CNN, by way of LifeWire, reports on survey by Holly Kearl, a former graduate student at George Washington University, on street harassment or “catcalling,” and the results depress:
[Kearl] found that 98 percent of respondents experienced some form of street harassment at least a few times, and about 30 percent reported being harassed on a regular basis.
The number surprised me, but I wouldn’t be surprised if it were true, though I call into question Kearl’s methods. The “study” only informally surveyed 225 people by email. That figure seems rather too small to produce any meaningful population representation—if Mss. Kearl is even looking for quantitative results.
Also, the survey was done anonymously by email. I would think—Speaking as someone with no data-mining or psychology qualifications working off pure speculation—voluntary response surveys might skew results towards neutral or even positive responses to harassment, a few of which the article quotes. Someone deeply affected by harassment would seem to be not in the best of places to answer questions about it for a stranger over the Internet, possibly the most unaccountable of mediums.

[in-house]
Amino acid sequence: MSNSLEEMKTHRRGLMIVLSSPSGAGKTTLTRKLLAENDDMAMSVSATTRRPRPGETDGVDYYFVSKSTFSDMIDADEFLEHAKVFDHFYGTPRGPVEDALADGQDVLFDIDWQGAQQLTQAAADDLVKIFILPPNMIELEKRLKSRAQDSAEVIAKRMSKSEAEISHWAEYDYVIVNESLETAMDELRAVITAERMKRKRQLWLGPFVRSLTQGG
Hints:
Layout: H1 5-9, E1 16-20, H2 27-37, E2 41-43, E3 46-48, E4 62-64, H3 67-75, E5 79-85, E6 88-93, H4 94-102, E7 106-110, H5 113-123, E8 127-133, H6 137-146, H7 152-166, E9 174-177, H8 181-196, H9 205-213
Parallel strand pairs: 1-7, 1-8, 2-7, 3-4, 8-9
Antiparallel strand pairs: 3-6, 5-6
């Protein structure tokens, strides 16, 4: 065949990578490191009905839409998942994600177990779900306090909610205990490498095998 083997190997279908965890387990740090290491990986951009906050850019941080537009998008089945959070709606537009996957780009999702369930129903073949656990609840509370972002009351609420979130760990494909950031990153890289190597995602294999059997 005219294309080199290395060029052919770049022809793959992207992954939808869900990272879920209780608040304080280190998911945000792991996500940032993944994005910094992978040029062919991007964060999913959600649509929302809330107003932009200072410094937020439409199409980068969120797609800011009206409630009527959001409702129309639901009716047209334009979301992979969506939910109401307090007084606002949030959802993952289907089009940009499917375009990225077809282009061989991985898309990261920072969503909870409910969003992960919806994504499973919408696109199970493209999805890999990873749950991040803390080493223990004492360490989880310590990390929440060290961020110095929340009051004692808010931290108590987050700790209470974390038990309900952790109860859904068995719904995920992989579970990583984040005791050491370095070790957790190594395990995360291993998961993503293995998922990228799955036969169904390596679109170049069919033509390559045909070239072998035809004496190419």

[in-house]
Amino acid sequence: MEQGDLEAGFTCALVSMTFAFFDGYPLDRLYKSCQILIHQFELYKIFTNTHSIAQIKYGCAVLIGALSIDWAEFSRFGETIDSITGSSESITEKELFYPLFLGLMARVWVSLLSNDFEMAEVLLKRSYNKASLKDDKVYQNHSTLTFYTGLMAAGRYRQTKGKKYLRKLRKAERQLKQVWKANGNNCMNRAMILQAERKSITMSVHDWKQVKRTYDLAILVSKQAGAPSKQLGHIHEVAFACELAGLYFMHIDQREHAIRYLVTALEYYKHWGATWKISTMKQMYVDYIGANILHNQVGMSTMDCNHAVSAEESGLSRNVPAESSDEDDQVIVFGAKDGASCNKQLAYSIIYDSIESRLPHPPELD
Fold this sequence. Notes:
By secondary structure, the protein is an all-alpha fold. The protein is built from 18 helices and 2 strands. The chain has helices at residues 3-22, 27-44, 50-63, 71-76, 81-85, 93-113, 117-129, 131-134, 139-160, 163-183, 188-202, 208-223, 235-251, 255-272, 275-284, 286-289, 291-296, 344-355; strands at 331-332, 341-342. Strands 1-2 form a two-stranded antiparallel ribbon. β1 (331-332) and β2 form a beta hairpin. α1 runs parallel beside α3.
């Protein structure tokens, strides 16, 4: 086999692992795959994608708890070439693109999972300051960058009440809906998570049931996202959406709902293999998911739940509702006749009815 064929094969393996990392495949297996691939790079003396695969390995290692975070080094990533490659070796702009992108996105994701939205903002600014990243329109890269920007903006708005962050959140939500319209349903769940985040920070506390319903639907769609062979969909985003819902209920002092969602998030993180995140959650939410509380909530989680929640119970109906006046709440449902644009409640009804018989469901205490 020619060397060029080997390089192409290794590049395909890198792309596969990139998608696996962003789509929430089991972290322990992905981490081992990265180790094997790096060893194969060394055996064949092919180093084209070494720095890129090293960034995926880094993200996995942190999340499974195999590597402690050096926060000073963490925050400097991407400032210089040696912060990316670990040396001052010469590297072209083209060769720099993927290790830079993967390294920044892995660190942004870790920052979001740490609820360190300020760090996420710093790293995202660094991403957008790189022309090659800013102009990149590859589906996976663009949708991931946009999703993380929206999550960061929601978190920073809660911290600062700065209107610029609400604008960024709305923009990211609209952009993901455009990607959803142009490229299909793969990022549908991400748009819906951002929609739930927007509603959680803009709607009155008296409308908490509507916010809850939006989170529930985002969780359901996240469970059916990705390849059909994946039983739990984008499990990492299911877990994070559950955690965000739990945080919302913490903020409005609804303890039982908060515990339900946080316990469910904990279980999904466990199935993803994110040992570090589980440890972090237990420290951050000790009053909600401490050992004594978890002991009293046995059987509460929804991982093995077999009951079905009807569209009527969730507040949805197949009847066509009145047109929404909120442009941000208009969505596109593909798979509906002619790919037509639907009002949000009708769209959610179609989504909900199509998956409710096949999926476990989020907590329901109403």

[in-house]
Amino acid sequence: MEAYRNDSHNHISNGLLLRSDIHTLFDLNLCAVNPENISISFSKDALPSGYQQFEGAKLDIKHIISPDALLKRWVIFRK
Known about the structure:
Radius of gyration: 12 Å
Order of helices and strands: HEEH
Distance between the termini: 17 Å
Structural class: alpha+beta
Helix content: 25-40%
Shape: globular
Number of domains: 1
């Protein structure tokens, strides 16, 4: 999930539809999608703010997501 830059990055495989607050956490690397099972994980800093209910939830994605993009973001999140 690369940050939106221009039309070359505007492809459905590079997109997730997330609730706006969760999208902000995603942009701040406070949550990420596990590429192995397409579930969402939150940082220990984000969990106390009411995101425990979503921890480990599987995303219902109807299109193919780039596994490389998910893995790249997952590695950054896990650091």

But even if figures are inflated (or underreported) or reactions skewed, or the reporting framed under a dismissive headline, talking about street harassment seems the best thing to do about it. Women know they are not alone, but in fact in good company.
Also, is anyone else surprised to find CNN has file photos of a gang of men ogling a semi-scantily-clad woman just lying around on hand?
Note: Kearl’s correction to misunderstandings and replies to my criticisms here.